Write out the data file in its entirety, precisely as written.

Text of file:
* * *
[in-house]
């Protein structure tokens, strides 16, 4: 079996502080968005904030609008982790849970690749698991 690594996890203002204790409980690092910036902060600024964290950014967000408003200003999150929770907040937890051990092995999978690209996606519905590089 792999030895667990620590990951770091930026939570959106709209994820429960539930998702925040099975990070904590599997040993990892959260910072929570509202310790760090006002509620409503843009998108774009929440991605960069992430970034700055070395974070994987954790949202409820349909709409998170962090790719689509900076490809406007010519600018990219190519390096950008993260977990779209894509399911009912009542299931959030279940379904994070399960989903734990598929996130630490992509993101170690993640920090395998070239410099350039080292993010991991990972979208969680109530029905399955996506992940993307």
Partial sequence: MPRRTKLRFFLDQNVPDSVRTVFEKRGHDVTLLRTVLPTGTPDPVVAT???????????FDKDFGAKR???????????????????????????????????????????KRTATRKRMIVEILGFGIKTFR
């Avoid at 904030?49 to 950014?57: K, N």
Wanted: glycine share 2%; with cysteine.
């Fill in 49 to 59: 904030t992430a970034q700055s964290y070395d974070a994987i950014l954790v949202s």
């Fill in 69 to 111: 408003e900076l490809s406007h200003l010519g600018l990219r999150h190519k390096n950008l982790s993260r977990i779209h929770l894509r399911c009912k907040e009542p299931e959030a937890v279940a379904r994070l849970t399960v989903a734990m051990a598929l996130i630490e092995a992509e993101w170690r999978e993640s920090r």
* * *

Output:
[in-house]
């Protein structure tokens, strides 16, 4: 079996502080968005904030609008982790849970690749698991 690594996890203002204790409980690092910036902060600024964290950014967000408003200003999150929770907040937890051990092995999978690209996606519905590089 792999030895667990620590990951770091930026939570959106709209994820429960539930998702925040099975990070904590599997040993990892959260910072929570509202310790760090006002509620409503843009998108774009929440991605960069992430970034700055070395974070994987954790949202409820349909709409998170962090790719689509900076490809406007010519600018990219190519390096950008993260977990779209894509399911009912009542299931959030279940379904994070399960989903734990598929996130630490992509993101170690993640920090395998070239410099350039080292993010991991990972979208969680109530029905399955996506992940993307």
Partial sequence: MPRRTKLRFFLDQNVPDSVRTVFEKRGHDVTLLRTVLPTGTPDPVVAT???????????FDKDFGAKR???????????????????????????????????????????KRTATRKRMIVEILGFGIKTFR
């Avoid at 904030?49 to 950014?57: K, N």
Wanted: glycine share 2%; with cysteine.
């Fill in 49 to 59: 904030t992430a970034q700055s964290y070395d974070a994987i950014l954790v949202s």
């Fill in 69 to 111: 408003e900076l490809s406007h200003l010519g600018l990219r999150h190519k390096n950008l982790s993260r977990i779209h929770l894509r399911c009912k907040e009542p299931e959030a937890v279940a379904r994070l849970t399960v989903a734990m051990a598929l996130i630490e092995a992509e993101w170690r999978e993640s920090r």